Khady Samb attends Girls Who Code, a New York summer camp introducing young women to the world of technology.
A growing handful of summer camps are popping up around the country with the mission of teaching young women core skills in technology -- a field dominated by men.
Girls Who Code, an eight-week New York summer camp, immerses 20 high school girls in a tech training boot camp. Eight hours a day, Monday through Friday, the young women learn about a wide variety of tech topics from robotics to website design.
Guest speakers include an eBay (Fortune 500) executive, a venture capitalist, and a technology entrepreneur among some other in-the-know tech personalities. But participants don't spend all day in the classroom: They also take field trips to , Facebook (, )Google (Fortune 500), Twitter, the United Nations and Gilt. ,
For their final project, Girls Who Code students develop and present an app.
"All the field trips have been so interesting and I can always find myself relating to parts of the topics presented," said 15-year-old Mahlika George, who's heading into her junior year at Medgar Evers College Preparatory School.
Girls Who Code founder Reshma Saujani said the organization hopes to get more girls interested in technology and consider the field as a real career possibility.
"I think young girls really internalize that sense that we're not good at math and science," Saujani said. "I don't want a young girl to feel that way."
According to the U.S. Department of Commerce, just 24% of women hold STEM jobs -- occupations in science, technology, engineering or math. Only 12.7% of bachelor's degrees in computer science, computer engineering and information were received by women in the 2010-2011 school year, according to the most recent data from the Computer Research Association.
It's a gender gap that businesses are longing to fix. Women are more active Internet users than men, according to data from Pew, and they are far more engaged in social media.
Technology businesses could take advantage of that by leveraging the perspective of a greater number of female engineers, designers, coders and executives.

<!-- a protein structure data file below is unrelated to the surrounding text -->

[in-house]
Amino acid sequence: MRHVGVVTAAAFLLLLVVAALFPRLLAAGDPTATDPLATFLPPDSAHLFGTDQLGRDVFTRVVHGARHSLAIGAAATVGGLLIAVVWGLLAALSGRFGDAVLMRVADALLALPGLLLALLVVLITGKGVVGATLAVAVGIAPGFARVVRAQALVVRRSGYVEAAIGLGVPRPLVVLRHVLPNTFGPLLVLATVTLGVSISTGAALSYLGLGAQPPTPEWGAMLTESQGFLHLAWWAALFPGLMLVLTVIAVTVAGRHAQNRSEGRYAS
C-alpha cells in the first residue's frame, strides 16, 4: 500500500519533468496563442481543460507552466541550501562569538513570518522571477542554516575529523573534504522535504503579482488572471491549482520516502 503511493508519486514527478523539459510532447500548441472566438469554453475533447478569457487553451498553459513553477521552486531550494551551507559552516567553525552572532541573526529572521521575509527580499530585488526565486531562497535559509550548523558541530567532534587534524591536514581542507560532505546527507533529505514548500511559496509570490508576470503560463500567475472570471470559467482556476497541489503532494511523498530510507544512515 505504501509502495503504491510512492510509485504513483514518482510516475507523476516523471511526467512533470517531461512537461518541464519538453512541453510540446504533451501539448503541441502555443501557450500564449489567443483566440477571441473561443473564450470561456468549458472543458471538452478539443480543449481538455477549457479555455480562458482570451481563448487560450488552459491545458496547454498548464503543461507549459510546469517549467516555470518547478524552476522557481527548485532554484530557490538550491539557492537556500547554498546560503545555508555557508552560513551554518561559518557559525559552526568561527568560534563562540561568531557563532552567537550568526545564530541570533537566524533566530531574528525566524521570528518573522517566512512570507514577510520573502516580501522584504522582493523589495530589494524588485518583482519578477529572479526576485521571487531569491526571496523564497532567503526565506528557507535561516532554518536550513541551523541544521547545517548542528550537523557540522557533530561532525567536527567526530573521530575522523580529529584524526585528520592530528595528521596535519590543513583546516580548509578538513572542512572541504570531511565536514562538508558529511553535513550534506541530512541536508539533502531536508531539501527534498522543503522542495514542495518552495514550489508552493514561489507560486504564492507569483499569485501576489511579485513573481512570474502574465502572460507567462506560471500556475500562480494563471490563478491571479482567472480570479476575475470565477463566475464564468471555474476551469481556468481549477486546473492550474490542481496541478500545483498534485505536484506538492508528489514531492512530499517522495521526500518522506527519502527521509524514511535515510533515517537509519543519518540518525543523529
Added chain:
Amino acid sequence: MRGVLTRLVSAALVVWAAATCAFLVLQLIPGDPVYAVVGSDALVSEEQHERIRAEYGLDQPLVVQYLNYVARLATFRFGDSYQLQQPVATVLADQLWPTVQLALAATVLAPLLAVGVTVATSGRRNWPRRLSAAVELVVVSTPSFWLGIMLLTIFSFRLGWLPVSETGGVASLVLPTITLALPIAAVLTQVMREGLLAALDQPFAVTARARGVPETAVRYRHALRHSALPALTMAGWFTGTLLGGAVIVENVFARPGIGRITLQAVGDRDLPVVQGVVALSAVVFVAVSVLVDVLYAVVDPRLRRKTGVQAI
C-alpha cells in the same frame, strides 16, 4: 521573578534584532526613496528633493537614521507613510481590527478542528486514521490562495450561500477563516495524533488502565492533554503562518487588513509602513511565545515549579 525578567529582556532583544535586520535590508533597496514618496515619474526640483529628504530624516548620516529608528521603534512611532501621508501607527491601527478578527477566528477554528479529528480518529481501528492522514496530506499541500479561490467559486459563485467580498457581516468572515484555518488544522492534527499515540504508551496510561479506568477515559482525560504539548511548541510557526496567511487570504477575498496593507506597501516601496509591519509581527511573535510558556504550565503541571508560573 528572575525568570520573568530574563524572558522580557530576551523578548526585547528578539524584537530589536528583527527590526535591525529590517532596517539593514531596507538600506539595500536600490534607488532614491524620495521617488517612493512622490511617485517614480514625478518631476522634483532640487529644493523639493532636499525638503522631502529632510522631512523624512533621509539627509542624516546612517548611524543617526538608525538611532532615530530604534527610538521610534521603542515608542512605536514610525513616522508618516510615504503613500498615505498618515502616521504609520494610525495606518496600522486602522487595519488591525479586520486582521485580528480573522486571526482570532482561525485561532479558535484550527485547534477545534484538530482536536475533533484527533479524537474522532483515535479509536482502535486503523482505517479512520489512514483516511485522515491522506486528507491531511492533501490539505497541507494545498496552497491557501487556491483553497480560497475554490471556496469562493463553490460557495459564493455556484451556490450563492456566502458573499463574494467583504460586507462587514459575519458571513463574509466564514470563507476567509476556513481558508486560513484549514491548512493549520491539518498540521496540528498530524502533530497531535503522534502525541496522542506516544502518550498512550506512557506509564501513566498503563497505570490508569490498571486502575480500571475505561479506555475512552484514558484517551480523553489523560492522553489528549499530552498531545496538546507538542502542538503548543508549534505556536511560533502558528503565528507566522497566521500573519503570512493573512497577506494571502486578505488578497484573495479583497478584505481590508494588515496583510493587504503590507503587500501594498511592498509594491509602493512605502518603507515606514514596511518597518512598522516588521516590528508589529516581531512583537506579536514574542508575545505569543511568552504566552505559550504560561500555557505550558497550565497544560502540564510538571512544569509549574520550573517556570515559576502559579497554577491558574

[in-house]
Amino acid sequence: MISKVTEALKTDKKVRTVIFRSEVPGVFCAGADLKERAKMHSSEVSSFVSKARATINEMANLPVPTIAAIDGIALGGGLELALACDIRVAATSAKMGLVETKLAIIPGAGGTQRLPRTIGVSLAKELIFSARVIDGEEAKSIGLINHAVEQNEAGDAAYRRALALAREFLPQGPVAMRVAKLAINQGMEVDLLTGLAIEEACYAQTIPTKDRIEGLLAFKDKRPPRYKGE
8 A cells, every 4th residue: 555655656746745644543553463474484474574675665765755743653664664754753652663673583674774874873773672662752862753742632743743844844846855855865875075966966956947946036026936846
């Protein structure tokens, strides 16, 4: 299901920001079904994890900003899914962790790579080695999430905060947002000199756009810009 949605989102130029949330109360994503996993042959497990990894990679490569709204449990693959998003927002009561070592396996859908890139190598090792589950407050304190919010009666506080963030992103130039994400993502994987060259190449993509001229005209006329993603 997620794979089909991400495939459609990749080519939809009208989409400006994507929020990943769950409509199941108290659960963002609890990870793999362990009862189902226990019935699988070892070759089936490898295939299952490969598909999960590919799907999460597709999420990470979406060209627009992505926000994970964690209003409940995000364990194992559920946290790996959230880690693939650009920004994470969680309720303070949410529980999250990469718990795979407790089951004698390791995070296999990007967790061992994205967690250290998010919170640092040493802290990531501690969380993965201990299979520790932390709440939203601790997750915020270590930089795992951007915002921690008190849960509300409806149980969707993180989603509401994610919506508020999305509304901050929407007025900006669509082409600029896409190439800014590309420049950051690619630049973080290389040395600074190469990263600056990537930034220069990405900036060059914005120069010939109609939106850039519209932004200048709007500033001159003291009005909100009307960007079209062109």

"We have no idea how much [these types of businesses] could do if women were actually designing the products," Saujani said. "I think every company wants to hire more women because it makes more business sense."
That's precisely why Twitter has become involved in the tech summer camp. As a partner of the program, the microblogging site admitted in a recent blog post that it has invested in rallying young women into technology, because "having more female engineers on staff leads to having an even better working environment at Twitter."
Microsoft (Fortune 500) has taken the issue so seriously that it started its own tech summer camp for girls. The software giant's DigiGirlz High Tech camp hosts about a dozen sessions around the world each year, giving participants insight into the potential of holding a career in the industry. ,
Created in 2000 from a grassroots effort by two female Microsoft employees, the free, volunteer-run program has reached 19,000 young women cumulatively, said Jacinda Chislum, a DigiGirlz representative.
Other tech camps are aimed at giving girls the ability to turn their coding skills into businesses. Philadelphia-based TechGirlz set up a weeklong program to address the fact that only 3% of tech startups are led by women, according to a study by Kauffman Foundation.
In the organization's summer entrepreneur program, 19 girls ages nine to 16 are thrown into what essentially amounts to a tech accelerator. The young women develop prototypes for websites or apps and write business plans. They wrap up the program with a demo day and make pitches to startup executives and developers.
This July, one team came up with a pet sitting app for clients and sitters. Another promoted a trading card website for kids.
"What has been shown is that girls are self-selecting out of technology because of how they feel computer jobs are -- that they're going to be thought of as a nerd ... [and] they're not going to be creative or collaborative," said Tracey Welson-Rossman, TechGirlz founder. "That's not the case. There's definitely a misperception and a misconception."
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